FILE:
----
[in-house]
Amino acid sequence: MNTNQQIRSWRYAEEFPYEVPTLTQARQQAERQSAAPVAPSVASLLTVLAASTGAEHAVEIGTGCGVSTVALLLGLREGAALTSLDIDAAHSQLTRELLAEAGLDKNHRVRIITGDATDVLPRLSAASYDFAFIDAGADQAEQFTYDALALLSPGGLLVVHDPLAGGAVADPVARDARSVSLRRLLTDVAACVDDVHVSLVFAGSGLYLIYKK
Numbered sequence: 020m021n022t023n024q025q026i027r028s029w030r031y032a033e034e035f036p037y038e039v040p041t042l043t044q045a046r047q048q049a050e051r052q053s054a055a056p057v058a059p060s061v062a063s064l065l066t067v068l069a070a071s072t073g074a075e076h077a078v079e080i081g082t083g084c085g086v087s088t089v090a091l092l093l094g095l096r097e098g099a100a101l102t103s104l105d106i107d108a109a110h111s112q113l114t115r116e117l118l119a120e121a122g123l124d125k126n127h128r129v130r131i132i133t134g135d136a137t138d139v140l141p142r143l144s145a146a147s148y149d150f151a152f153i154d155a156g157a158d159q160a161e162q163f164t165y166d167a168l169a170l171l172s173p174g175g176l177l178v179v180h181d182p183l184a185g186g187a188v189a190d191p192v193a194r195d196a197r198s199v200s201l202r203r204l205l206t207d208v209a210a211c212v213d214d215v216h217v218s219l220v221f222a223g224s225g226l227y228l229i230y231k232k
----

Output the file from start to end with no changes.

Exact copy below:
[in-house]
Amino acid sequence: MNTNQQIRSWRYAEEFPYEVPTLTQARQQAERQSAAPVAPSVASLLTVLAASTGAEHAVEIGTGCGVSTVALLLGLREGAALTSLDIDAAHSQLTRELLAEAGLDKNHRVRIITGDATDVLPRLSAASYDFAFIDAGADQAEQFTYDALALLSPGGLLVVHDPLAGGAVADPVARDARSVSLRRLLTDVAACVDDVHVSLVFAGSGLYLIYKK
Numbered sequence: 020m021n022t023n024q025q026i027r028s029w030r031y032a033e034e035f036p037y038e039v040p041t042l043t044q045a046r047q048q049a050e051r052q053s054a055a056p057v058a059p060s061v062a063s064l065l066t067v068l069a070a071s072t073g074a075e076h077a078v079e080i081g082t083g084c085g086v087s088t089v090a091l092l093l094g095l096r097e098g099a100a101l102t103s104l105d106i107d108a109a110h111s112q113l114t115r116e117l118l119a120e121a122g123l124d125k126n127h128r129v130r131i132i133t134g135d136a137t138d139v140l141p142r143l144s145a146a147s148y149d150f151a152f153i154d155a156g157a158d159q160a161e162q163f164t165y166d167a168l169a170l171l172s173p174g175g176l177l178v179v180h181d182p183l184a185g186g187a188v189a190d191p192v193a194r195d196a197r198s199v200s201l202r203r204l205l206t207d208v209a210a211c212v213d214d215v216h217v218s219l220v221f222a223g224s225g226l227y228l229i230y231k232k